It has been suggested that smoking status in relation to patterns of participation in cervical cancer screening could explain the increased risks for cervical cancer associated with smoking (13, 20). A study in Denmark found an association between attendance at a cervical cancer screening program and smoking status (24); however, we found no difference in the average yearly number of cervical cytologic tests during follow-up by smoking status (P = 0.4); therefore, we do not find it plausible that different screening patterns could explain our findings.
Our study has several strengths. We were able to identify a cohort of women with persistent HPV infection and examine the subsequent risk of CIN3+ among these women. In contrast, previous studies used a single measure of HPV positivity and were therefore not able to differentiate between transient and persistent infections. Our approach implied that the observed risk of CIN3+ in relation to smoking could not be entirely explained by smoking having increased the likelihood of HPV persistence. Persistence was defined by detection of the same high-risk HPV genotype 2 years apart. This implies that the test interval is longer than the average clearance period for high-risk infections (25); however, this might also in theory capture some re-infections with the same genotype. To define HPV persistence by a wide test interval, such as 12 months or more, has shown to be a good predictor of subsequent progression (26). A 2-year test interval has also shown to be a good predictor in relation to HPV type–specific progression rates (3). An additional strength was that the participants originated from the general population of 20- to 29-year-old women. Together with a relatively high participation rate, it increases our ability to extrapolate our results to the general population in this age group. The study cohort was followed up for incident high-grade cervical disease over a long period (up to 13 years), and the follow-up data originated from the nationwide Pathology Data Bank, which are known to be of high quality and virtually complete about cervical examinations and diagnoses. Furthermore, because of the existence of unique personal identification numbers, which are registered in the computerized Civil Registration System, we could follow-up the women with virtually no loss to follow-up. To ensure a truly prospective design, we excluded women with prevalent disease at baseline and 1 year before baseline. Finally, we were able to adjust for several potential confounding factors.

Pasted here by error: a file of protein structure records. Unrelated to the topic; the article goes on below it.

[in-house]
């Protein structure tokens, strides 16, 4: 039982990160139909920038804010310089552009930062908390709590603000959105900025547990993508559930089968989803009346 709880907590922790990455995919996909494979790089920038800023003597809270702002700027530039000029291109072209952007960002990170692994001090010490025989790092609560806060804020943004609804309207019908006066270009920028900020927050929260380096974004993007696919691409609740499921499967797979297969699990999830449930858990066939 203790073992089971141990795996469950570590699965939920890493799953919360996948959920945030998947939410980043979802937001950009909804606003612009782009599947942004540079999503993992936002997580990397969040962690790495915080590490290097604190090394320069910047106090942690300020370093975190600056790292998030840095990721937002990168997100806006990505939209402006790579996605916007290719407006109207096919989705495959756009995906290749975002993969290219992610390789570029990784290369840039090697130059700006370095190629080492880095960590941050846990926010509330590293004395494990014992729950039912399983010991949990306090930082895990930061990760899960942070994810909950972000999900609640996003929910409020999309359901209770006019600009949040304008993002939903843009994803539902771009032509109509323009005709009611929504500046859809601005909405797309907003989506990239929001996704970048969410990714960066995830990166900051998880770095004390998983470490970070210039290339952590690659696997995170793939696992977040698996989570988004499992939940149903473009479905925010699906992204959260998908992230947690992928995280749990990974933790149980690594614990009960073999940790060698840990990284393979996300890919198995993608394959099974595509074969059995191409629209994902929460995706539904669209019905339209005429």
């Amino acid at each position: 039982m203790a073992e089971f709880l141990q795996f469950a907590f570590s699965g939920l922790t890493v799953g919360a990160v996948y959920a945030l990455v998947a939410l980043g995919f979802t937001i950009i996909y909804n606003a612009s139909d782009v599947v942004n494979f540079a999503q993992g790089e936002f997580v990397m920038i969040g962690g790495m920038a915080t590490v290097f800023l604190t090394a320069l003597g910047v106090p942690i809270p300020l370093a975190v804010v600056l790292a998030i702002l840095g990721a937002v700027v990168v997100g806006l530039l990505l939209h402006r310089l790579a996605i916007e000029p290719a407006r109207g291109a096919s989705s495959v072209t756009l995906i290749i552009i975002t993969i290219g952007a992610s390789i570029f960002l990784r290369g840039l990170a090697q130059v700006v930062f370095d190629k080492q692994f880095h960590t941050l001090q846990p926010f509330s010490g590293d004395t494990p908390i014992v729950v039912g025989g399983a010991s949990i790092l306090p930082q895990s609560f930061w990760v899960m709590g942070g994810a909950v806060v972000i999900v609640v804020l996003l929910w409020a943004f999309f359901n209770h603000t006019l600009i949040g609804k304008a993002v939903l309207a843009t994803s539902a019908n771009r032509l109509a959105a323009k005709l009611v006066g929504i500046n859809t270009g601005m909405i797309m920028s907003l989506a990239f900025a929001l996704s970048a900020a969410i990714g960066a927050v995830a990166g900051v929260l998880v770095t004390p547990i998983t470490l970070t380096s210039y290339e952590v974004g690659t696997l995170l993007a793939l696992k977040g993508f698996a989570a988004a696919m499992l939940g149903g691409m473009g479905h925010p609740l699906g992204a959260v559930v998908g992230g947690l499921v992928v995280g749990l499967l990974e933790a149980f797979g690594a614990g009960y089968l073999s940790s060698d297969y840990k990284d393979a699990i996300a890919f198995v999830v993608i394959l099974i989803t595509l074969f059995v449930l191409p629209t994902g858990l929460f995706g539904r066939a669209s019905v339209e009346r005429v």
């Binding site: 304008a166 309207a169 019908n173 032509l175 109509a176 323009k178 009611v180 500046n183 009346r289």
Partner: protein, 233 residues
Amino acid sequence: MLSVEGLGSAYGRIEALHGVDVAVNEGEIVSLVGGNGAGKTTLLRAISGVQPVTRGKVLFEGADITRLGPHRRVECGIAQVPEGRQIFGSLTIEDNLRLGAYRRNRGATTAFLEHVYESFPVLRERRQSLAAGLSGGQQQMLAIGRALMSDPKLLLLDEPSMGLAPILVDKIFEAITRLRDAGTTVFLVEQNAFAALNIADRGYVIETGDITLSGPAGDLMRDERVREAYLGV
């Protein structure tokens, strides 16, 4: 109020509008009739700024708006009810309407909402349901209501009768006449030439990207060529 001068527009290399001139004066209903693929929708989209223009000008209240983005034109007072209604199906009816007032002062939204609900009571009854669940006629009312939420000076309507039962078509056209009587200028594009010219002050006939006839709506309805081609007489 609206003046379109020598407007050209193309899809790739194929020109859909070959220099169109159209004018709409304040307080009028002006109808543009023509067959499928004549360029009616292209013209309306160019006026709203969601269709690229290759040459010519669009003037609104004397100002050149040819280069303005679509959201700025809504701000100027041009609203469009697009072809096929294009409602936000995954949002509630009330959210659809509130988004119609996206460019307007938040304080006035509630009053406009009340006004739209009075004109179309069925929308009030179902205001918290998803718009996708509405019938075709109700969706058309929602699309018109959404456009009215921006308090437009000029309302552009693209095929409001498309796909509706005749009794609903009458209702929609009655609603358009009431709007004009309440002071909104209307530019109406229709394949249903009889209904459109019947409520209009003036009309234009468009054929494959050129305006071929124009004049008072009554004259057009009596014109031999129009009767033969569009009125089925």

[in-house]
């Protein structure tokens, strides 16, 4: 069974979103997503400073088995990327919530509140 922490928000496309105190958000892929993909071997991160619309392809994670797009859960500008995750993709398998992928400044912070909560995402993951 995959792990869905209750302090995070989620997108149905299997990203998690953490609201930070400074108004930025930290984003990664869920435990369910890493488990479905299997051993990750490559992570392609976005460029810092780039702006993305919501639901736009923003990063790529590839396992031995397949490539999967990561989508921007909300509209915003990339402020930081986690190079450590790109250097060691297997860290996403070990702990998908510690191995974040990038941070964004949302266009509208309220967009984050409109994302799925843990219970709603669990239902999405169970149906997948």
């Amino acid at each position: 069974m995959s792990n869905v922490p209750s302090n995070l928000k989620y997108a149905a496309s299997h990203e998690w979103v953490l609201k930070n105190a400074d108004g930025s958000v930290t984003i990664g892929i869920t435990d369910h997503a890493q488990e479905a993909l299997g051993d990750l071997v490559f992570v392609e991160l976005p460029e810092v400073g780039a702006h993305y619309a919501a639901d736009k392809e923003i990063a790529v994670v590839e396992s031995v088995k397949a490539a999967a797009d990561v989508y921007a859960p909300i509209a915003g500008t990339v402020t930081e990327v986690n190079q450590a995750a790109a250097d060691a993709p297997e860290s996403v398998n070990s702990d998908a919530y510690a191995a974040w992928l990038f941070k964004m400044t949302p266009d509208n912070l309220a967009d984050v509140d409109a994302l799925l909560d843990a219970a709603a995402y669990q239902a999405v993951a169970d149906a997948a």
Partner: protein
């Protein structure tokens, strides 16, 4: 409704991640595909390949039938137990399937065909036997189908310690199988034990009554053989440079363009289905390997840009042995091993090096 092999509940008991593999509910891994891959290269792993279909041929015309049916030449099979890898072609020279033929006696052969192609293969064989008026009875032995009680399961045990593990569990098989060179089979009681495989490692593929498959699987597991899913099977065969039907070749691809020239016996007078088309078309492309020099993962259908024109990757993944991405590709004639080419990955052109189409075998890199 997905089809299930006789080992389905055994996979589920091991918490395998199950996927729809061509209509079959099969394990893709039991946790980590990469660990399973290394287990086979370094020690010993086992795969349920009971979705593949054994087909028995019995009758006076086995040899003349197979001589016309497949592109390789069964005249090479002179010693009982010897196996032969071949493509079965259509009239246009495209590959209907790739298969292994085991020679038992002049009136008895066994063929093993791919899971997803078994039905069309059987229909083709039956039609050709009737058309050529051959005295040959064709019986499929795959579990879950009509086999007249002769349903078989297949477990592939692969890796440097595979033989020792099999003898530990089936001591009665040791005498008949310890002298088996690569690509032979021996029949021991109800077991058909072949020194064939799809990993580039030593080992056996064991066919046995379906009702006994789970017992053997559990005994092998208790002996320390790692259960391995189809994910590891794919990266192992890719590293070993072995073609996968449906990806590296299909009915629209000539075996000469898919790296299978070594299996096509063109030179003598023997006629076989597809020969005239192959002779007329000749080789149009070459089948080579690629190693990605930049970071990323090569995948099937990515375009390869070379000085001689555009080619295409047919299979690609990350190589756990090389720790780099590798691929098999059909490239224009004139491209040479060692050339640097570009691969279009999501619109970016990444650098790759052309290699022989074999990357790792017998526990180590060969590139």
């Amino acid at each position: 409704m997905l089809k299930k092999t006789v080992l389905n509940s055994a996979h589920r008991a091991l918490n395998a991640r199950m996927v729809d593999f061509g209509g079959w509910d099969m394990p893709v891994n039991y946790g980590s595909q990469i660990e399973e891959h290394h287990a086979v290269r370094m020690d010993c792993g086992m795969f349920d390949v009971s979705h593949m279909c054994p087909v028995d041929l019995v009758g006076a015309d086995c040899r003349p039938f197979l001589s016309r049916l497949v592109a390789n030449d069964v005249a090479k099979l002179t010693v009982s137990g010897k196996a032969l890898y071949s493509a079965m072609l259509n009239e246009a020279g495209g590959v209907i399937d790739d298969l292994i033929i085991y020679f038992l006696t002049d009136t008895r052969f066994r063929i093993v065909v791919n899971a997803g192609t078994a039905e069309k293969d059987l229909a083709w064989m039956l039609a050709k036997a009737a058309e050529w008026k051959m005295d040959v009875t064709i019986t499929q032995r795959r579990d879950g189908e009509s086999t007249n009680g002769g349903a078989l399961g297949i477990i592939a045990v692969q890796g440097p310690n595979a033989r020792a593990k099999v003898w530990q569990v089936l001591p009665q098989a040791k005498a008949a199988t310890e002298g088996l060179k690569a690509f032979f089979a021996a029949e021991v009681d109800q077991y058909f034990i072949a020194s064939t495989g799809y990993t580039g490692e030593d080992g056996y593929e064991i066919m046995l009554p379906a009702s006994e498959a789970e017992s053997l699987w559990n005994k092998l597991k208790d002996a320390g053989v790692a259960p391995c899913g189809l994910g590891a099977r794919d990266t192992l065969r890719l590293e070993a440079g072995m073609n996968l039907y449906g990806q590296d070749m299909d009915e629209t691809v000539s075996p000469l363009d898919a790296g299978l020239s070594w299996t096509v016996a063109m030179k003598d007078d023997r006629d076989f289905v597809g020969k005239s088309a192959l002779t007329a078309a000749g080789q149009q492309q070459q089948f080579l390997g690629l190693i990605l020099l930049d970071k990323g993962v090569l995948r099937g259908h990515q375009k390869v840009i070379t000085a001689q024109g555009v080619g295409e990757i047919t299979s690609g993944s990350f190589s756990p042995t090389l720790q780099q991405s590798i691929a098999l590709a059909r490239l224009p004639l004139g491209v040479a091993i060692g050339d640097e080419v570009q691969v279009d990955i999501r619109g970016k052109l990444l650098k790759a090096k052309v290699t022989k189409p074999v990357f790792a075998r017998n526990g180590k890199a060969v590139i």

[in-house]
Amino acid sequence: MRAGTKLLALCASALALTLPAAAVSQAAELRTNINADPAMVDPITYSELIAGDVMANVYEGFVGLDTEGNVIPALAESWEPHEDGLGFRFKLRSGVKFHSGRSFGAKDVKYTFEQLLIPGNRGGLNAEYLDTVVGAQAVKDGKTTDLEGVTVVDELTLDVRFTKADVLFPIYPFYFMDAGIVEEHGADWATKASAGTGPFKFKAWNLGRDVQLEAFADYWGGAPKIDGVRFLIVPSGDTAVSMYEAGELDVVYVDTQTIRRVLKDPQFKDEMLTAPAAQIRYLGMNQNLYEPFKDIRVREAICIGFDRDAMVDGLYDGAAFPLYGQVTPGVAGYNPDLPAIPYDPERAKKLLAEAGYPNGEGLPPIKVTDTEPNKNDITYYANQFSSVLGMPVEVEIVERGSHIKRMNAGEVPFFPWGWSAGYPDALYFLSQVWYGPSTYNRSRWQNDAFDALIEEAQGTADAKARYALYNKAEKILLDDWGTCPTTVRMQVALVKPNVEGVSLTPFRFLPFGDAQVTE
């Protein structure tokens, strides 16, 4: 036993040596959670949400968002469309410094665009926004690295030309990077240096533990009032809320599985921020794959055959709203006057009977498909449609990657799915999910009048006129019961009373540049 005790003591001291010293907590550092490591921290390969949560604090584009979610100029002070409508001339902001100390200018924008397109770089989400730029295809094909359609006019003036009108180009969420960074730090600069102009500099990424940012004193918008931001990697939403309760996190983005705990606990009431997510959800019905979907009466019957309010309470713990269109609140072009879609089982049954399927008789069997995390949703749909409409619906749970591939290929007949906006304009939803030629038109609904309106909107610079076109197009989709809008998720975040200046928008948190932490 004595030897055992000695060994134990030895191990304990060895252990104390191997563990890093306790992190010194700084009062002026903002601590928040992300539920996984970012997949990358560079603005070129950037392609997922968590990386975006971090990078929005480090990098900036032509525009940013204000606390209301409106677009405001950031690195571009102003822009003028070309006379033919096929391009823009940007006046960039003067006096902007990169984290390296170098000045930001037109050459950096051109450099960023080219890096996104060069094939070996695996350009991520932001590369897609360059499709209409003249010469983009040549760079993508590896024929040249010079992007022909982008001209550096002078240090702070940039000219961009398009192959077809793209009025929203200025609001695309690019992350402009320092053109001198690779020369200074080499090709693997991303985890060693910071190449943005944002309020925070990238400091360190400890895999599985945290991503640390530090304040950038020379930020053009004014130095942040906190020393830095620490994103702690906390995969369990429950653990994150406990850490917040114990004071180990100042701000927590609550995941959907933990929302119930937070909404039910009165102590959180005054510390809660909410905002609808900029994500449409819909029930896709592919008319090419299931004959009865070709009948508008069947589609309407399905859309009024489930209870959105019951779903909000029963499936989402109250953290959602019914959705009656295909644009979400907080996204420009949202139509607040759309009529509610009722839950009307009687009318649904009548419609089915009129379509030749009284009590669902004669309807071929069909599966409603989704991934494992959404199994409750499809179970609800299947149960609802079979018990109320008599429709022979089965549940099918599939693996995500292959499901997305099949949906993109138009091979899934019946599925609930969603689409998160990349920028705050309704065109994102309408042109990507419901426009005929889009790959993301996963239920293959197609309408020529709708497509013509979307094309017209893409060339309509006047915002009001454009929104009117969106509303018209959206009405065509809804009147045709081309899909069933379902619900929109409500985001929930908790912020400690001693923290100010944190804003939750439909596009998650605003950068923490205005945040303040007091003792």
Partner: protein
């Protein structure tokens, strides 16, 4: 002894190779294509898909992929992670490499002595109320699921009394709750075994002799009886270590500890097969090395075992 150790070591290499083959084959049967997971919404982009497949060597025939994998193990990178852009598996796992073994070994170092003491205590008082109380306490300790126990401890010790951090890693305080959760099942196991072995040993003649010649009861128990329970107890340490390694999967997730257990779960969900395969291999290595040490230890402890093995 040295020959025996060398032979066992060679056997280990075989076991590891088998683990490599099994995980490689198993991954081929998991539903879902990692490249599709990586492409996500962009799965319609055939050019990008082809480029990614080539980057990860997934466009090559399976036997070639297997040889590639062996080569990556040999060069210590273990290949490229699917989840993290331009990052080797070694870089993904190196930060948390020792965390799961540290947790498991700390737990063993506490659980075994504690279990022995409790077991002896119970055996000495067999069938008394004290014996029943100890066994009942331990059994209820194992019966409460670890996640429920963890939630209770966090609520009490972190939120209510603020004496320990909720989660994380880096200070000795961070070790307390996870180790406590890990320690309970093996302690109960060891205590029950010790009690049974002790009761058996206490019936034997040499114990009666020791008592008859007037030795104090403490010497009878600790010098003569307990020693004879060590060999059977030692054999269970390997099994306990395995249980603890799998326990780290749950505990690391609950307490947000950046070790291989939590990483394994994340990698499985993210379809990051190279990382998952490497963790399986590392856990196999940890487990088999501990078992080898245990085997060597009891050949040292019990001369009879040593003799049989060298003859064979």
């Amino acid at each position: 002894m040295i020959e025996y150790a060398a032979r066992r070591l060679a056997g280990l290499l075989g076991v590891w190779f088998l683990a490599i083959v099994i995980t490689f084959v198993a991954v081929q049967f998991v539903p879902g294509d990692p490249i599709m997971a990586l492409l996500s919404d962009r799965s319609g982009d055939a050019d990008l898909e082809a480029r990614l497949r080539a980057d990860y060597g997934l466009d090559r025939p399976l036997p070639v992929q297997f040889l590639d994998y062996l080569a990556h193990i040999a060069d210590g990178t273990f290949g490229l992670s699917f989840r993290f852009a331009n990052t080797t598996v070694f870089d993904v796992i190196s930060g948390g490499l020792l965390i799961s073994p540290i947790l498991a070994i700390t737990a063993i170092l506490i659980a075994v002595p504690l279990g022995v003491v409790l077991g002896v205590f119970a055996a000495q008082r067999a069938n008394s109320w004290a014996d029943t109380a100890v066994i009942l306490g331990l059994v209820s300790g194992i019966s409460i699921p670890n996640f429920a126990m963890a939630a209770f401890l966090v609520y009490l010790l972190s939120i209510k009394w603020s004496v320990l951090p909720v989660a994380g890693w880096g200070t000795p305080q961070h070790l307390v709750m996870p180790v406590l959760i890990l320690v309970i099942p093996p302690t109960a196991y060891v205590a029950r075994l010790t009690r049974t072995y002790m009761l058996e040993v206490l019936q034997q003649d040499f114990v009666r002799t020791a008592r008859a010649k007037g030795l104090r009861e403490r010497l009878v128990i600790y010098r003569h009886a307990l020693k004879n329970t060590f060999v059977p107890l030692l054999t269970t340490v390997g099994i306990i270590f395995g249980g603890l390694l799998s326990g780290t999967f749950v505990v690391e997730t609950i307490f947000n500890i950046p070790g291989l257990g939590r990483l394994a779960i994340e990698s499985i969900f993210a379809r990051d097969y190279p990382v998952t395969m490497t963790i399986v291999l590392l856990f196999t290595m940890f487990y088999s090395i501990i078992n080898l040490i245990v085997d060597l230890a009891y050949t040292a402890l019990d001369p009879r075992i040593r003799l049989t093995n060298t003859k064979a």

The study also has some potential limitations. We did not have sufficient statistical power to analyze HPV cofactors in relation to cervical cancer and therefore studied the immediate precursor lesions. Furthermore, the group of women with persistent high-risk HPV infection was small, which might explain why there were only a few statistically significantly increased risk estimates. The risk pattern in women with persistent high-risk HPV infection should be explored on a larger scale. Our study design allowed us to conclude that the high-grade cervical disease developed subsequent to both HPV infection and smoking initiation. However, we had no information on the timing of cervical HPV infection relative to that of smoking initiation and whether this is important for cervical disease progression and we cannot make conclusions about the timing of smoking and HPV infection in relation to the subsequent risk of CIN3+. To understand this aspect in detail, further studies are needed. It is a limitation of our study that there was no centralized review of cytology and histology data. In our study as well as in other studies which rely on self-reported smoking habits, it cannot be excluded that the information about smoking is subject to some degree of underreporting which potentially could lead to a conservative estimate of the association.
In summary, we found that smoking is an HPV cofactor for cervical disease progression. Especially women with persistent high-risk HPV infection who are heavy smokers had a significantly increased risk for high-grade cervical disease. This study is the first to show a contribution of smoking in cervical carcinogenesis, given persistent HPV infection.
Disclosure of Potential Conflicts of Interest
K.E. Jensen received a travel grant from Merck & Co., Inc. B. Norrild is a Consultant/Advisory Board member of GlaxoSmithKline. T. Iftner received speaker honoraria from Hologic GmbH, Gen-Probe Inc., and Roche Diagnostics GmbH. S.K. Kjær received lecture fees, advisory board fees, and institutional research grants from Merck and Sanofi Pasteur MSD (manufacturers of an HPV vaccine). No potential conflicts of interest were disclosed by the other authors.
Conception and design: K.E. Jensen, S.K. Kjær
Development of methodology: K.E. Jensen, S. Schmiedel, S.K. Kjær
Acquisition of data (provided animals, acquired and managed patients, provided facilities, etc.): T. Iftner, S.K. Kjær
Analysis and interpretation of data (e.g., statistical analysis, biostatistics, computational analysis): K.E. Jensen, S. Schmiedel, K. Frederiksen, S.K. Kjær
Writing, review, and/or revision of the manuscript: K.E. Jensen, K. Frederiksen, B. Norrild, T. Iftner, S.K. Kjær
This work was supported by the NIH (grant RO1 CA47812), the Mermaid project (MERMAID-2), Savværksejer Jeppe Juhl og Hustru Ovita Juhls Mindelegat, and the Danish Cancer Society.
The costs of publication of this article were defrayed in part by the payment of page charges. This article must therefore be hereby marked advertisement in accordance with 18 U.S.C. Section 1734 solely to indicate this fact.
Innogenetics, Inc. provided INNO-LiPA v2HPV prototype assay kits for HPV testing free of charge.
- Received May 31, 2012.
- Revision received August 28, 2012.
- Accepted September 17, 2012.
- ©2012 American Association for Cancer Research.